For several years carbon dioxide (CO2) has been added to fracturing fluids at concentrations of 100 to 500 cubic feet per barrel (18 to 90 m3/m3), to assist in post-treatment clean-up. In some instances, this has eliminated swabbing after treatment. A new technique increases the concentration of liquid CO2 to 50% of the total injected volume, approximately 3000 cubic feet per barrel (540 m3/m3). Distinguishing features of this technique are improved fluid loss efficiency, higher injection rates, and possible increased proppant concentrations.

Effects of the carbon dioxide on the fracturing fluid, reservoir fluids, formation clays, fluid recovery and production results are important considerations. The benefits of using 50% CO2 in hydraulic fracturing operations are discussed.

This highly energized fracturing fluid generally contains 50% gelled potassium chloride water and 50% liquid CO2 using total treatment volumes of 20,000 to 60,000 gallons (76 to 227 m3) and up to 6 pounds of proppant per gallon (720 kg/m3) of fluid at the proportioner. This system is compatible with additives which may be required to control problems related to clay swelling and fines migration, and paraffin and/or scale deposition.

This hydraulic fracturing technique has resulted in improved oil and gas production in the Permain Basin including the Seven Rivers, Yates, Queens, Grayburg, San Andres, Penrose, Tubbs and Cisco formations. Comparison of treating results to more conventional treatments in the same formations are presented.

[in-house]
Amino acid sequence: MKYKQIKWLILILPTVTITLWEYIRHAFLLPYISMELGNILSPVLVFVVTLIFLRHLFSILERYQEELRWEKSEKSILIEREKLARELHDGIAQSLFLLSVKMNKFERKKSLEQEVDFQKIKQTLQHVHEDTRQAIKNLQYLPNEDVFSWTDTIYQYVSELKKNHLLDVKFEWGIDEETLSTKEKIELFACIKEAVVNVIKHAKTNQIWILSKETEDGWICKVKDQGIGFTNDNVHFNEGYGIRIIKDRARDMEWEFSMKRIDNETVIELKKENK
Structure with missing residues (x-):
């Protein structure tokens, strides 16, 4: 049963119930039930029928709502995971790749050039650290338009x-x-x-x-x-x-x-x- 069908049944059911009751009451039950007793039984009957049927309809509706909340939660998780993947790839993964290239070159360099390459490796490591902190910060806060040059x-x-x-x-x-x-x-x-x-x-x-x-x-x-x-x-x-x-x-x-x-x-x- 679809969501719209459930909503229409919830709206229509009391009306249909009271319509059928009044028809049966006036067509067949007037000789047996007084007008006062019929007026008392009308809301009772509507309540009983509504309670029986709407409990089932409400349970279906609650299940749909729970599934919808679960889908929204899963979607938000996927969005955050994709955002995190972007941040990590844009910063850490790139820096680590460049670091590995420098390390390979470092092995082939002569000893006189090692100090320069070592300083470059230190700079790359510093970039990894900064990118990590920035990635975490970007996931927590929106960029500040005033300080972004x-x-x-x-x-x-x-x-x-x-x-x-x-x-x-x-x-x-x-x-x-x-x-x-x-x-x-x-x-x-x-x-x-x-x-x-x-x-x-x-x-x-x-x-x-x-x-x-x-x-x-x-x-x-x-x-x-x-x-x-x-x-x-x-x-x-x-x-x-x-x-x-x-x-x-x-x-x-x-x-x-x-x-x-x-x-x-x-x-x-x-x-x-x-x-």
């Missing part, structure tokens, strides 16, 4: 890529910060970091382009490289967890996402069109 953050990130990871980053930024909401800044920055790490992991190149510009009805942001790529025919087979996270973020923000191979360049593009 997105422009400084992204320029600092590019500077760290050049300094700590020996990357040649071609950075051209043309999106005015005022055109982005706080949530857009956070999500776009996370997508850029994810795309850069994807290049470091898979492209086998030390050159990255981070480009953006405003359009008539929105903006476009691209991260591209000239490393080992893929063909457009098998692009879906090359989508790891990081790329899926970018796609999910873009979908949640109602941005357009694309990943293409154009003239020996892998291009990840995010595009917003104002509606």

Since the early 1960's liquefied carbon dioxide has been widely used as an additive to hydraulic fracturing and acid treatments to improve recovery to treating fluid. Carbon dioxide may exist as a liquid, a gas, or a solid, as shown in Figure 1.1 It has a critical temperature of 87.7 ° F (31 ° C) and a critical pressure of 1071 psia (7.4 MPa). During a fracturing treatment, normally the liquefied CO2 is injected below the critical temperature and remains a liquid until it is heated. After the CO2 enters the perforations, it expands into a gaseous state which will provide improved fluid loss efficiency. The injected liquid CO2 flows back as a gas after treatment.

When the liquid CO2 is co-mingled with gelled water, the mixture will remain liquid until it is heated to the critical temperature of 87.8 ° F, when the CO2 begins to vaporize. Even at high temperatures the solubility of the CO2 in water remains high, as shown in Figure 2 1. This property is a big advantage in recovering the fracturing fluid. It will provide a long sustained solution-gas drive.

Figure 3 shows the high solubility of CO2 in crude oi1.2, 3 The CO2 which goes into solution in a crude oil also imparts a solution-gas drive to affected fluids when pressure Ls reduced. Figure 4 shows that CO2 reduces the viscosity of formation crude oi1s.4 This reduction in viscosity can significantly increase oil recovery.

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